My original idea was to use foam for the "decks" and traditional screen & plaster cloth for the hills & rock faces. The incline at the rear was cut from a ceiling tile and braced with cut foam risers (hidden under the scenery shell), and a series of manually cut foam risers for the lower incline. It was fussy work trying to get the grades exactly right at 5%. Even though this is a very modest size layout, in retrospect I should have just bought a Scenic Woodlands riser set and kept the grades at 4% -- they aren't that expensive and make it much easier to get the grades and curves exactly right: Note to self.
Actually, I ended up tearing out all of the screening and most of the paper/plaster cloth hills and replacing them with foam. More on that next.




Attachment: 20170226-17-08-55-001.jpg (Downloaded 73 times)

Last edited on Sat Apr 8th, 2017 01:03 pm by Gary I

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 Posted: Sat Apr 8th, 2017 01:37 pm
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Gary I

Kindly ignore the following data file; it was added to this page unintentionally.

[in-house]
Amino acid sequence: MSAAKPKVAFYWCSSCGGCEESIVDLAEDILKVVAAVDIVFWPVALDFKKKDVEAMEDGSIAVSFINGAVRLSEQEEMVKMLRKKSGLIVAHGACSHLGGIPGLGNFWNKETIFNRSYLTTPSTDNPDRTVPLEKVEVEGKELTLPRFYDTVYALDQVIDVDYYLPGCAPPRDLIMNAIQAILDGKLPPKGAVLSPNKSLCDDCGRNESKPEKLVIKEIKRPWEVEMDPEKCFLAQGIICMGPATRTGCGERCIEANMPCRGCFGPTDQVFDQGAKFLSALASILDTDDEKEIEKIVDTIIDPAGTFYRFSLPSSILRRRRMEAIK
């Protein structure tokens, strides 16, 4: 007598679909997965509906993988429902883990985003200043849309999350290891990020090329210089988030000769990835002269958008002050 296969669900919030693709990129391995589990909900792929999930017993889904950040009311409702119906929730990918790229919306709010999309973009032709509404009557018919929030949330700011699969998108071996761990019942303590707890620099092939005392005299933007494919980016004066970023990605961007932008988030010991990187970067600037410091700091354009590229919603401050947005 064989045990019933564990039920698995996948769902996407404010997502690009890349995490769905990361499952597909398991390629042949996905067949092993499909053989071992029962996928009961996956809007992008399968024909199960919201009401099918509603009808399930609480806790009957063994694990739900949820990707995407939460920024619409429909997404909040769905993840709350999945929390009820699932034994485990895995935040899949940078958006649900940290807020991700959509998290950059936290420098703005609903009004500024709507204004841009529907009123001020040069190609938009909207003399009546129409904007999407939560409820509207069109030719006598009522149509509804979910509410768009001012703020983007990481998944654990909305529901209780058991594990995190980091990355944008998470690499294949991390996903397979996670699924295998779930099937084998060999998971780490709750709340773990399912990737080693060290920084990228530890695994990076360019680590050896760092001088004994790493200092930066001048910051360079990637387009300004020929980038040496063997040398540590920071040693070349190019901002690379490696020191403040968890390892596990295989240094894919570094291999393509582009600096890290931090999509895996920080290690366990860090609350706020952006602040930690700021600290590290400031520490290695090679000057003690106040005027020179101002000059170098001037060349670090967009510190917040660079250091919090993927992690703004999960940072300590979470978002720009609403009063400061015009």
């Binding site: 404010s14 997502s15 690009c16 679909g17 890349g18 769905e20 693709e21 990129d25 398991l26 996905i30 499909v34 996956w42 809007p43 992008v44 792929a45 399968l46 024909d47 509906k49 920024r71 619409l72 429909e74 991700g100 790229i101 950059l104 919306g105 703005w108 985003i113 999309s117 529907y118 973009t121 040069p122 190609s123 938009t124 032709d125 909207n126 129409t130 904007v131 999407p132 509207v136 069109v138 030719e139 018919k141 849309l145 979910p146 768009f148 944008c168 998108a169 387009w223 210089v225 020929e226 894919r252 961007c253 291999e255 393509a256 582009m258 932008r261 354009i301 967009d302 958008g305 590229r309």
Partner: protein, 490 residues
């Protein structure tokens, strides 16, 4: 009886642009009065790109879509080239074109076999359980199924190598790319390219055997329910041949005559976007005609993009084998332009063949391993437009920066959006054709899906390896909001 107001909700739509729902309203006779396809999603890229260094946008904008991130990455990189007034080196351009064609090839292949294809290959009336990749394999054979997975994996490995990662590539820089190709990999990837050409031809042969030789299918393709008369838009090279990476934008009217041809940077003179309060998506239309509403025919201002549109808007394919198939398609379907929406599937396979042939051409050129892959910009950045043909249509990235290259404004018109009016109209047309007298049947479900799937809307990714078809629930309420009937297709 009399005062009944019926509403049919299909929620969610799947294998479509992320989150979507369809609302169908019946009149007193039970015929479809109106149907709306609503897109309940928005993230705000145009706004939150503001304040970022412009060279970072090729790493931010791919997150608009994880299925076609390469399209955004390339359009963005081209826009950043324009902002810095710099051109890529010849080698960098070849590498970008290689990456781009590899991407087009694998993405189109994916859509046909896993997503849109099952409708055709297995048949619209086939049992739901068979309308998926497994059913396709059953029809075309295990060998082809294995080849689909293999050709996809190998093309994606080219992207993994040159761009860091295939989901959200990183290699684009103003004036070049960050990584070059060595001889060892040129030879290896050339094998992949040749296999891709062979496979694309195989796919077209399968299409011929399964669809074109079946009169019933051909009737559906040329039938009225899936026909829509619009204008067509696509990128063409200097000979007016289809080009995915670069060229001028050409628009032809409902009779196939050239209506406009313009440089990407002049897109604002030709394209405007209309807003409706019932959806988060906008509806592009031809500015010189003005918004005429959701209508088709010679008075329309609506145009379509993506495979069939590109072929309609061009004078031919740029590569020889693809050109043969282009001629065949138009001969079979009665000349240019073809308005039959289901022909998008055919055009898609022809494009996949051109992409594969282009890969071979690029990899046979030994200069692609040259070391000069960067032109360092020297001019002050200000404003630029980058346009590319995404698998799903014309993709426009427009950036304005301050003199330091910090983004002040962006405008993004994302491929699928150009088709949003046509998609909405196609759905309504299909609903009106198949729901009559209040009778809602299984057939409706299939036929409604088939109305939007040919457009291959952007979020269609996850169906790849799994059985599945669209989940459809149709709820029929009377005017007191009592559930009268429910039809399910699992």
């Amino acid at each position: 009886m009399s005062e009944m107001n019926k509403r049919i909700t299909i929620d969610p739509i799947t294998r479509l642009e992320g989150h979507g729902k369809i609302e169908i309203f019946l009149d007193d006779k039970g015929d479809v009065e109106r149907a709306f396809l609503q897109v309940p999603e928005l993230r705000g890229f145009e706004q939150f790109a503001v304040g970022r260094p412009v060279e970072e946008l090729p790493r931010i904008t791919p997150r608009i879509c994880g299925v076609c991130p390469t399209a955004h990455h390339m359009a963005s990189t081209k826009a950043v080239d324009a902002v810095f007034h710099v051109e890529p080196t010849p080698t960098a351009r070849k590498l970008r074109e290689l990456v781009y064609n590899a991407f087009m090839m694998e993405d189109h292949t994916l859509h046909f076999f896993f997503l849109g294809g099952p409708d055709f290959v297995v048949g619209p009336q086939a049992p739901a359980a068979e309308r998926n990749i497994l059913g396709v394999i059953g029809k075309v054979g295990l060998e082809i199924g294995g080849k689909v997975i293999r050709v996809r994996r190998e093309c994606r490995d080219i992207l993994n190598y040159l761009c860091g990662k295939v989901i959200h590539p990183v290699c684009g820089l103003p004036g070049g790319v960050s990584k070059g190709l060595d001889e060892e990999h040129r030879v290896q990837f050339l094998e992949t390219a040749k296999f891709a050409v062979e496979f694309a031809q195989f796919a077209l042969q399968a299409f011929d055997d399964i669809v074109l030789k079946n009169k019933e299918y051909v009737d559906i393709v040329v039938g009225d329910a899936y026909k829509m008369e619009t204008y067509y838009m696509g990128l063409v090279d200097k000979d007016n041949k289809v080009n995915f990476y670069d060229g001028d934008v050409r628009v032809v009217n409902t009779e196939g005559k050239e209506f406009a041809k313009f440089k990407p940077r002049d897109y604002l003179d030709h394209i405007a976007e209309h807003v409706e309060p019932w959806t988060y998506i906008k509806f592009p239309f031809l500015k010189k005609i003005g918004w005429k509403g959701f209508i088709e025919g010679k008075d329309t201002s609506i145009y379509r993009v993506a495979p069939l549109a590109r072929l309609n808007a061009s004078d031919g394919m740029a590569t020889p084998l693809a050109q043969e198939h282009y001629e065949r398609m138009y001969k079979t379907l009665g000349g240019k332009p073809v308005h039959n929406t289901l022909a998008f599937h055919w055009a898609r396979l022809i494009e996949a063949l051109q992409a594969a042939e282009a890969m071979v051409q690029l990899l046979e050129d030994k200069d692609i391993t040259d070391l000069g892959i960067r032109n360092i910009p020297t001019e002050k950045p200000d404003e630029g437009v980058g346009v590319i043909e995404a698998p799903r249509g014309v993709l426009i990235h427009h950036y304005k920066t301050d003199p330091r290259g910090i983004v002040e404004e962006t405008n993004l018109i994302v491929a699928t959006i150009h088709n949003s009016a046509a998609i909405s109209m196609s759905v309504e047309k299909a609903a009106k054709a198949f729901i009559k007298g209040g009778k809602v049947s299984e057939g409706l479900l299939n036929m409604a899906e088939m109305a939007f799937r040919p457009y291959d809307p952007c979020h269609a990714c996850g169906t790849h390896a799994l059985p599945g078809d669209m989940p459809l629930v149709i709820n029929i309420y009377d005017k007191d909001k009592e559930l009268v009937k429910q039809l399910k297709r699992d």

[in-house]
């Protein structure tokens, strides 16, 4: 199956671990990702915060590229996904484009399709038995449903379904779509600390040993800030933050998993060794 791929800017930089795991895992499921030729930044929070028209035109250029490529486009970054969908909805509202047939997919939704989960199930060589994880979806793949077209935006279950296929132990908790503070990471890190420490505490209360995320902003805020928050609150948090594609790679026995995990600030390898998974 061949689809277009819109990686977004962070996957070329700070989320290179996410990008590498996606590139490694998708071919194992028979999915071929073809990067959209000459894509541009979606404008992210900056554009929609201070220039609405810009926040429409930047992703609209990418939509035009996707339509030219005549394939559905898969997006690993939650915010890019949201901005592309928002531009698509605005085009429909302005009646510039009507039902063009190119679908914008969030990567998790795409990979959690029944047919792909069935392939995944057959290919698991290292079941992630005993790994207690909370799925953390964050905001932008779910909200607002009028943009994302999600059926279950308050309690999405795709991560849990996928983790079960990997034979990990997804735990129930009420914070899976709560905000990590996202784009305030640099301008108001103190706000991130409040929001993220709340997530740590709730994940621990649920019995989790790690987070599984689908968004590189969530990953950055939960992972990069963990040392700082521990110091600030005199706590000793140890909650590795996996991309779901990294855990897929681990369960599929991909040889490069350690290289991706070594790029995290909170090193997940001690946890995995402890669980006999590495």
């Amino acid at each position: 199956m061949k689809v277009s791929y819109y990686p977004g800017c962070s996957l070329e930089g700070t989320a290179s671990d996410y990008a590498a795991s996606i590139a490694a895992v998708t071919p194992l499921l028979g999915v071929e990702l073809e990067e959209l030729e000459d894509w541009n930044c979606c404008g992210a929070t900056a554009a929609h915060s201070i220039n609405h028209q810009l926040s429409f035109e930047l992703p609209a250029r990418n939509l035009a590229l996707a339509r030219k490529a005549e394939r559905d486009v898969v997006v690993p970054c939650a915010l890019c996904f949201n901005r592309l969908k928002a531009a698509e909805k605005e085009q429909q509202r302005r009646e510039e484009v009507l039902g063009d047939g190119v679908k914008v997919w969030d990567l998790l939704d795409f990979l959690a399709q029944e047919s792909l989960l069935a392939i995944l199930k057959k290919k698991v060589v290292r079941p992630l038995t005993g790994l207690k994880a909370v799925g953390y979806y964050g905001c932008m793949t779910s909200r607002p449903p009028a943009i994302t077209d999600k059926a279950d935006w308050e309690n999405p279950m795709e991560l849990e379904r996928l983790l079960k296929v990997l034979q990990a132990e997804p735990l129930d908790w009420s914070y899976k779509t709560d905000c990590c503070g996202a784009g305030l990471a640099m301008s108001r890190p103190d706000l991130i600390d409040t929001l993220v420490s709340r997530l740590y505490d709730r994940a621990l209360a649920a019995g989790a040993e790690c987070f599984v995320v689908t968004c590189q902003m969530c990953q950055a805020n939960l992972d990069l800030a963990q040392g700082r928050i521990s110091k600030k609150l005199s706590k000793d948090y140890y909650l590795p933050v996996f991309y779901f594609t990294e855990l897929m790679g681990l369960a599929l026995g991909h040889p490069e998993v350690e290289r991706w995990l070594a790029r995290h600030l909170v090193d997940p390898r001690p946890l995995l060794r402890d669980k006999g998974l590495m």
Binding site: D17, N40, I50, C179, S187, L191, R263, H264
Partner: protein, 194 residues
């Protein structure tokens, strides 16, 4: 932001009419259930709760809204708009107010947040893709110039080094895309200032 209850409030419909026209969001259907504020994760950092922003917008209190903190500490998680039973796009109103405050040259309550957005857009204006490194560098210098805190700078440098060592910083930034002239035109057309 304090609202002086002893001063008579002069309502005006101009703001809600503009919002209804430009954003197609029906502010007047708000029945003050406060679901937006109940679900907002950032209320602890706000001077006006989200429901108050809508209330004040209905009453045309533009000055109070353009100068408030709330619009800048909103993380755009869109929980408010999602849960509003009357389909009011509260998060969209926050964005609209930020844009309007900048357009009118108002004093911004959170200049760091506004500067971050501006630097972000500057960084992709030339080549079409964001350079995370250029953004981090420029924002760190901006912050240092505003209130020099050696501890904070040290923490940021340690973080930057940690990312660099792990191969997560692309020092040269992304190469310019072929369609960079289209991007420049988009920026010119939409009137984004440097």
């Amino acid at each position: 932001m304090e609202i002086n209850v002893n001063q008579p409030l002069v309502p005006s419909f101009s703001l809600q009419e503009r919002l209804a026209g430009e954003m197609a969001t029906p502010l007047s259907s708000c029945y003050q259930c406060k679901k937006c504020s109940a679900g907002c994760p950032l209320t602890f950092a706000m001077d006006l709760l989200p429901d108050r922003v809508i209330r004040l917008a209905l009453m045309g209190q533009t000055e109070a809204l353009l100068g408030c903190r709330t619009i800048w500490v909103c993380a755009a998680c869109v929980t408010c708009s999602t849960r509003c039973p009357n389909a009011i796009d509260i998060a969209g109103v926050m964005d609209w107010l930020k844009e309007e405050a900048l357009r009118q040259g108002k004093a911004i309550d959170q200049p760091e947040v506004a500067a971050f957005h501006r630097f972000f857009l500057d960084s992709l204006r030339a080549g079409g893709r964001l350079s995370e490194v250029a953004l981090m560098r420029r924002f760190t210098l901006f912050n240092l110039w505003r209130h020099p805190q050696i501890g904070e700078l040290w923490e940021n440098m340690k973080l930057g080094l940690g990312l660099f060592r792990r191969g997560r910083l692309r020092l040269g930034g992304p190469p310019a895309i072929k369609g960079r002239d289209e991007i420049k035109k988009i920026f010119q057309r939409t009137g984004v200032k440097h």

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Rock faces.
I spent quite a bit of time researching how to do rock faces. The traditional method of pouring and gluing a zillion rock castings looked rather time consuming and tedious, although once in place, painting them using the Woodland Scenics "leopard" wash appears to be extremely simple and effective. Anyway, based on my internet searches it seems to me that many modellers have moved to carving rocks "in place" out of hydrocal/sculptamold/drywall mud etc. I liked that idea better and that was my original plan. Unfortunately I never found an example where someone had used this "carve in place" method which gave the results I was looking for...that technique seemed well suited for sedimentary rocks but not so much for dolomitic limestone typical of the Algonquin area.
Then I ran across this video on youtube...Carving foam rocks
...and decided to tear out my paper and screening and replace them with foam, which I proceeded to carve and paint.
I consider the results to be 'fair'. Following this technique as closely as possible, I struggled with different knives but ended up using 25mm and 18mm boxcutting blades. In retrospect I should have started the heavy cutting with a 25mm blade and finished the finer work with a much thinner 9mm blade for the curves and details. One mistake I made was that I didn't spend enough time eliminating the tool marks that weren't that obvious when carving, but became pronounced after painting.